Running the world

Updated: 2016-04-29 08:24

By Matt Prichard, Yan Dongjie and Yu Yilei in Beijing and Wang Mingjie in London(China Daily Europe)

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New type of athlete

The new Chinese marathoners who can afford to go globe-trotting are mostly within the social status and age groups that have led China's modernization and economic rise in recent decades.

Chinese runners at this year's London Marathon included 30 from the mainland led by Tian Tongsheng, 63, one of the founders of Runnar, a company that organizes trips and assists marathoners.

Running the world

"We have corporate executives, entrepreneurs, businesspeople and employees of global Fortune 500 companies, who are considered China's emerging middle class and usually hold new ideas about health," he says. "Running marathons to them has become a new normal, a new lifestyle."

Tian certainly breaks the traditional mold of aging in China, where the retirement age for men is 60. He was one of the over-60s runners to finish the World Marathon Majors - Tokyo, Boston, London, Berlin, Chicago and New York. Prior to this year's London event, he had completed 73 marathons, including 16 last year, half of which were international races.

Others have done their own analysis of Chinese marathoners.

"I see two categories: one that is rich and well educated; the other that is rich and less educated," says Oliver Qi Wang, founder and director of Runbuk, a startup registered in the United States in March that provides services to Chinese marathoners abroad.

The first group, which may have advanced academic degrees, comprises some 65 to 70 percent of runners registered with his company. Many of them live in China's biggest cities.

The second group, which makes up 30 to 35 percent, is also well-off, but many of them did not go to college, he says. They include entrepreneurs and those from smaller cities who have worked hard to pull themselves up by their bootstraps but are now concerned about their health.

Ninety percent of those who run outside China were born in the 1960s and '70s, putting them between the ages of 37 and 56, he adds. The rest are at most 10 years younger or older.

Oliver Wang, who is also CEO of Beijing-based Palace Travel and its US branch, which has runners as clients, too, describes the situation as part of a trend that started earlier in the West, in which the wealthy middle-aged started spending lots of money on fancy bicycles, for example, instead of on sports cars.

"It's a kind of lifestyle over luxury, from spending a lot on luxuries to spending a lot on health," he adds.

Domestically, marathon fever has exploded in China. In 2014, the Chinese Athletics Association registered 51 marathon events and 900,000 runners nationwide. That mushroomed to 134 marathons and 1.5 million runners last year, according to Wang Dawei, vice-president of the CAA, which now has a marathon department. Already this year, nearly 170 marathons have been registered.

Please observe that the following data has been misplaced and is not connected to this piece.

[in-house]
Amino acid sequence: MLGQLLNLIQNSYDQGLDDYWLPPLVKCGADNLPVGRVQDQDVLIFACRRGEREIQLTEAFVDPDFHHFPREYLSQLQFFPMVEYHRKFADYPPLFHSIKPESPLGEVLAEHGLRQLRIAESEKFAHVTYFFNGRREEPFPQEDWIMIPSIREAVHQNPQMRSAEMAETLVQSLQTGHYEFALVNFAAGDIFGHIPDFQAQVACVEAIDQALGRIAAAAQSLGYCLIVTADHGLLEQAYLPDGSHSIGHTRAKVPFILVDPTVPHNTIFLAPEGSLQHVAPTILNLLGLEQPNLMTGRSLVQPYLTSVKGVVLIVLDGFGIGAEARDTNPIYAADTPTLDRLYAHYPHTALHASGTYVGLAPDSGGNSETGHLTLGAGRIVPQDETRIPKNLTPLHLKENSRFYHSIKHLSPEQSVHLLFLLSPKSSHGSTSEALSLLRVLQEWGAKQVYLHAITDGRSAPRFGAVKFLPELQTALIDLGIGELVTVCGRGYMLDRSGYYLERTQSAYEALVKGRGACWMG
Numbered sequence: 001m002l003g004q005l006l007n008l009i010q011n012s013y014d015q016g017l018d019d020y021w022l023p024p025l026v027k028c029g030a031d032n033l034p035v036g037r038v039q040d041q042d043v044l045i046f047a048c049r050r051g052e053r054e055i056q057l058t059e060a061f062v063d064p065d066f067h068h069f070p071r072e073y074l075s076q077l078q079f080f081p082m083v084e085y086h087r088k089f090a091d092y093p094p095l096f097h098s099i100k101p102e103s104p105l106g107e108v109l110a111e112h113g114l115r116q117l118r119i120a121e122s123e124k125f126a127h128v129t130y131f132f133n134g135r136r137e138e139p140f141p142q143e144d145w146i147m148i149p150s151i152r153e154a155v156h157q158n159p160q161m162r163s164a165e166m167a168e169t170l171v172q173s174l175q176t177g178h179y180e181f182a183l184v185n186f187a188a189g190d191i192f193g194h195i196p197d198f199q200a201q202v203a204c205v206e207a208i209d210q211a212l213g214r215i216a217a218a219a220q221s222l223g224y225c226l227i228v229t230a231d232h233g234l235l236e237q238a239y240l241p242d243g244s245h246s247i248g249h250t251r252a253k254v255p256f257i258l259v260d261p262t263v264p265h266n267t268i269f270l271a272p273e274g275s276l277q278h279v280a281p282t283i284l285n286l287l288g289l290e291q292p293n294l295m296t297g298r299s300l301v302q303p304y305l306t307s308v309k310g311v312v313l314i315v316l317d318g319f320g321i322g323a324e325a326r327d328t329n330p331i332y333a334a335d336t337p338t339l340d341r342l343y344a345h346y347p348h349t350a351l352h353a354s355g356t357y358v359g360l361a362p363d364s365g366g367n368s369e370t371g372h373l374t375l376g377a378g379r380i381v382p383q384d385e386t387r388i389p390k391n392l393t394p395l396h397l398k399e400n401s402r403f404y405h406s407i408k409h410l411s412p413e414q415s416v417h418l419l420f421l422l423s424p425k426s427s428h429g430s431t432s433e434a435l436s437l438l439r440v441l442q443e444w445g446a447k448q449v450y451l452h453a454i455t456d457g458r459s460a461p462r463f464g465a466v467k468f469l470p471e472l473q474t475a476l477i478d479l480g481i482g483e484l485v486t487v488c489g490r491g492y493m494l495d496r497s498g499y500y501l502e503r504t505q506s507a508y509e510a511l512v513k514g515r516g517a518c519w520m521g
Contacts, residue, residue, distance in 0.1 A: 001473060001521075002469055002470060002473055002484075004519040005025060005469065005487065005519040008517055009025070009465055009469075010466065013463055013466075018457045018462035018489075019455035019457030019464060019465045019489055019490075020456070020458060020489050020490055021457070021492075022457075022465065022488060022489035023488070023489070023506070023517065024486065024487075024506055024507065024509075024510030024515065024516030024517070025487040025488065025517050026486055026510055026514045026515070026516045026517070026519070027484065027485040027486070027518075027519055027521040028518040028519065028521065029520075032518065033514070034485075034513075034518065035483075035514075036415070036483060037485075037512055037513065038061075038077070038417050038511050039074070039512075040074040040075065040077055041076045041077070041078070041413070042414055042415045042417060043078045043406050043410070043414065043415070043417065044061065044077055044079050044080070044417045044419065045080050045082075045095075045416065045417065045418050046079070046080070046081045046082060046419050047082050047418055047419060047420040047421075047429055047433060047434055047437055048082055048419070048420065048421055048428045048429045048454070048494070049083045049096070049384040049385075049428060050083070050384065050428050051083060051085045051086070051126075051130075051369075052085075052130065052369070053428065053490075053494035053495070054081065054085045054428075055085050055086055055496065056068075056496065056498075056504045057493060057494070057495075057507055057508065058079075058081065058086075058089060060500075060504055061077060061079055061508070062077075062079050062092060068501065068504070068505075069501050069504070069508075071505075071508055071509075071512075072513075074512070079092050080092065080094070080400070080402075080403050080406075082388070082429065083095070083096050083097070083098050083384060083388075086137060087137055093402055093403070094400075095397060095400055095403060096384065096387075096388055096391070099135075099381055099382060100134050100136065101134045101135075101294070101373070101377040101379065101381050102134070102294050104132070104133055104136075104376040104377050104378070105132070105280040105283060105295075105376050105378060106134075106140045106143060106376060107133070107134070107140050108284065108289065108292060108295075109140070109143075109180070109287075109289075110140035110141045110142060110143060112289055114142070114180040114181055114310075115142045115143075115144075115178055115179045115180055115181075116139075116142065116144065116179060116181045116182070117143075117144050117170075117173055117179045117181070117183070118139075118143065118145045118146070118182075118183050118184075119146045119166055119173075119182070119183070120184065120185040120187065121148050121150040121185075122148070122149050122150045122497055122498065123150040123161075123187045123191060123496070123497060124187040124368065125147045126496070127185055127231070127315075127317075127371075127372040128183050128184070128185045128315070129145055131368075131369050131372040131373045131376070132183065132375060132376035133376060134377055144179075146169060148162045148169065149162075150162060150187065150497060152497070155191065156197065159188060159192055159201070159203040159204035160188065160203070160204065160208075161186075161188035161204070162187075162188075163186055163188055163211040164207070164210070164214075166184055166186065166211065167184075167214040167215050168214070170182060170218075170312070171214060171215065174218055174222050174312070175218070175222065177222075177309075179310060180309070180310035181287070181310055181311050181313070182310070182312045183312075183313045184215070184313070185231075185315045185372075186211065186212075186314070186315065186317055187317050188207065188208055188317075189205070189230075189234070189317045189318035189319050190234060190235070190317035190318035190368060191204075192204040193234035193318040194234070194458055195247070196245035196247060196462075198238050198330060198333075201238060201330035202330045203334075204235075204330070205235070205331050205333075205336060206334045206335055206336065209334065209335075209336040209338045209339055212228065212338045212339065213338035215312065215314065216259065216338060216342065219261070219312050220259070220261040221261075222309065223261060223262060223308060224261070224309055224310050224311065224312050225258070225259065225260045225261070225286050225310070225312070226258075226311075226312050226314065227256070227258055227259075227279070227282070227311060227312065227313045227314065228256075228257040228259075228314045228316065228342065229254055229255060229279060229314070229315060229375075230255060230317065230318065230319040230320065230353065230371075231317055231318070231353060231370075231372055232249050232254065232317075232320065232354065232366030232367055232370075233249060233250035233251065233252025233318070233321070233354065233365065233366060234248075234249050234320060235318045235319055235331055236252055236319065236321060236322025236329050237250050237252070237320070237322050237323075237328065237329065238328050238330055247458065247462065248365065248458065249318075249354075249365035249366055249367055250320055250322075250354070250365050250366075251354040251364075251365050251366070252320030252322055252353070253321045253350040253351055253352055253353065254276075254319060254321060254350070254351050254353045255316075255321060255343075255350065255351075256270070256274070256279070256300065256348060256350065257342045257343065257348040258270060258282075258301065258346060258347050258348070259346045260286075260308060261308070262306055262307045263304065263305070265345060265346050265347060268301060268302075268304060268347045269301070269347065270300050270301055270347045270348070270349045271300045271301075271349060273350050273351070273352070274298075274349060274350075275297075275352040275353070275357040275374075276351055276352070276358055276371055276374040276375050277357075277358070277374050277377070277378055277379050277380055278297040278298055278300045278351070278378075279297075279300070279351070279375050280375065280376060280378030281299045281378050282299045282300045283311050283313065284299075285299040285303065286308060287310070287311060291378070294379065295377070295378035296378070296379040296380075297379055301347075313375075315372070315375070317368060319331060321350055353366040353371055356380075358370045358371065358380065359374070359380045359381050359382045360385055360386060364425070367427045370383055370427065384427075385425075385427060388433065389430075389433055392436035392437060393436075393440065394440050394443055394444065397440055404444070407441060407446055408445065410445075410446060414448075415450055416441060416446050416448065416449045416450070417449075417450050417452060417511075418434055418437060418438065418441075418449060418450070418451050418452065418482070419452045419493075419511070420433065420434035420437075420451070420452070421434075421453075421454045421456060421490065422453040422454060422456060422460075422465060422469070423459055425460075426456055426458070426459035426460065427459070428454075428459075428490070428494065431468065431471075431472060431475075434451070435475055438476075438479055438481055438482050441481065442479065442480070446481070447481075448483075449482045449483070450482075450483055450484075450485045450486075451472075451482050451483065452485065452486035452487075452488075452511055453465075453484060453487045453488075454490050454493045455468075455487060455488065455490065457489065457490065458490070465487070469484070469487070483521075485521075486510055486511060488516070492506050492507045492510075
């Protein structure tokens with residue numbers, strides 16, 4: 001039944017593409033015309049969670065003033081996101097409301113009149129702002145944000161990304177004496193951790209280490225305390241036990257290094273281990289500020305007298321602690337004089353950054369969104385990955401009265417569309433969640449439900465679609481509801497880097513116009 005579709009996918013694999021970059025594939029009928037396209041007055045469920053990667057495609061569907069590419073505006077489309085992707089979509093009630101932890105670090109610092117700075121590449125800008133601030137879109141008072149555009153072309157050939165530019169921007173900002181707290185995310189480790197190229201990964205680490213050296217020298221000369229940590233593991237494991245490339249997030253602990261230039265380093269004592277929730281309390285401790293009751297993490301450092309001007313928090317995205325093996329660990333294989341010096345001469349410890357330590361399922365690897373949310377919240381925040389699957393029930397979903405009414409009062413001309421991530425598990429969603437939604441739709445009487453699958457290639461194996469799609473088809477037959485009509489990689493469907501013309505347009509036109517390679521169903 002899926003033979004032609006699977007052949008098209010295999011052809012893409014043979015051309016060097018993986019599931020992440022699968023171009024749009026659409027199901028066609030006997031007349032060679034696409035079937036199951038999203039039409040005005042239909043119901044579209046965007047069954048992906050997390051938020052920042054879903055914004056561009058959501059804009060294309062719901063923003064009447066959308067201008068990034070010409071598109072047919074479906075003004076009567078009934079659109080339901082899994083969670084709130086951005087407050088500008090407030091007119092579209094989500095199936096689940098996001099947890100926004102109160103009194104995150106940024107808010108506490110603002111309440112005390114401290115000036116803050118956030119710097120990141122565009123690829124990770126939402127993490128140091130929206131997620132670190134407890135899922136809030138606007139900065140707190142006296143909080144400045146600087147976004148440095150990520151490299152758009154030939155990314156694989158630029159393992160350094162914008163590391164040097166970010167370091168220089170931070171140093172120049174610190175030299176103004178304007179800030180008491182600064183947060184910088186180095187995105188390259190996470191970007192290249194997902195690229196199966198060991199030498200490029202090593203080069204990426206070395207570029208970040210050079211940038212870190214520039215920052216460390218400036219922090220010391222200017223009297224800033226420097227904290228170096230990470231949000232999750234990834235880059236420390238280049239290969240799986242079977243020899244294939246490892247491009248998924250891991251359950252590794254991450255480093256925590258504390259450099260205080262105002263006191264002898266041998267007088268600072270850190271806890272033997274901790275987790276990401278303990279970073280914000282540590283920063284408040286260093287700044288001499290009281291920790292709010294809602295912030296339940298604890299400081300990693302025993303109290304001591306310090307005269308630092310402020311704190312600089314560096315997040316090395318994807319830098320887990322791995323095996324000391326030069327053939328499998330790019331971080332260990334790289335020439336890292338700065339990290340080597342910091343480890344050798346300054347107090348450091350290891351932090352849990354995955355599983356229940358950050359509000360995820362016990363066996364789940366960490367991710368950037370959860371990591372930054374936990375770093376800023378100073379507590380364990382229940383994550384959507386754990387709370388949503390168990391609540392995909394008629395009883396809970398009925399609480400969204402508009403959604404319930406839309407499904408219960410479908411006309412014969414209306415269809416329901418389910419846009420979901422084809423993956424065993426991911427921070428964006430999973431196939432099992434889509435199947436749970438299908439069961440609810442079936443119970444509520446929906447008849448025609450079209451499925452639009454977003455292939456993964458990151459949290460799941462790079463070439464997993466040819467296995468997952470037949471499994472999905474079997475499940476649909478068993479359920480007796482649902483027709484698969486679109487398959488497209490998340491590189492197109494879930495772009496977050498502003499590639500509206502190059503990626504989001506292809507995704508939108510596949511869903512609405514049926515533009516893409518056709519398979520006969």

Cool running

Du says one of the reasons for the explosion in travel is that people who have run the relatively new marathons in China are looking for a taste of better-run races abroad, as well as higher athletic levels.

But in addition to that, what could be cooler than posting a selfie as you cross the finish line in Paris, Boston or Berlin, or wrapped yourself in the national flag like an Olympian?

 Running the world

Beijing running coach and freelance journalist Wang Xiaogang with his medals. He frequently takes part in overseas marathons.

"It's not a decisive factor, but posting pictures on Chinese social media while taking part in running events in exotic locations is seen as a trendy thing for some runners," Du says.

Xie, from Shanghai, says running now dominates her life, socially and professionally. "Marathons are also a way to have a social life. I have met many friends running. It's why we get together," says the entrepreneur, who quit running a real estate company to start Save U Sports Development Co, which helps clients with equipment and advice.

Some Chinese runners are also combining marathons, social media and social responsibility.

Li Xibei, 30, an information technology worker from Central China who lives in New York City, raised funds to provide cleaner air for families in his homeland by running the North Pole Marathon this month.

Using Crowdrise, a crowdfunding website, he raised $6,030 - 18 percent more than his target sum - for the Blue Sky Lab campaign run by Friends of Nature, one of the oldest environmental NGOs in China. The program purchases materials and teaches students from low-income families in Beijing to assemble do-it-yourself air filters. The money Li raised is expected to benefit 177 families.

"I abuse myself by running in extreme sub-zero temperatures in the North Pole and you donate to help the kids in China breathe cleaner air at home," he wrote on his Crowdrise page.

Li and a female compatriot, Fan Beibei, were among about 50 runners from 20 countries who braved temperatures as low as -40 C to complete the 42-km event, which was postponed several times due to cracks in the ice. Armed guards stood watch during the race to protect runners from the threat of polar bears.

Li is also one of a small but growing group of Chinese who have completed marathons on every continent, including Antarctica.

Yet despite the current enthusiasm, the Chinese have shown themselves to be somewhat fickle in terms of their motivation for traveling abroad.

A few years ago, sports league-themed tourism prevailed, Du says. "Then, it was outdoors, and now it's running. Many runners are actually traveling in the name of running marathons."

So is it all just a fad? A number of factors suggest it isn't.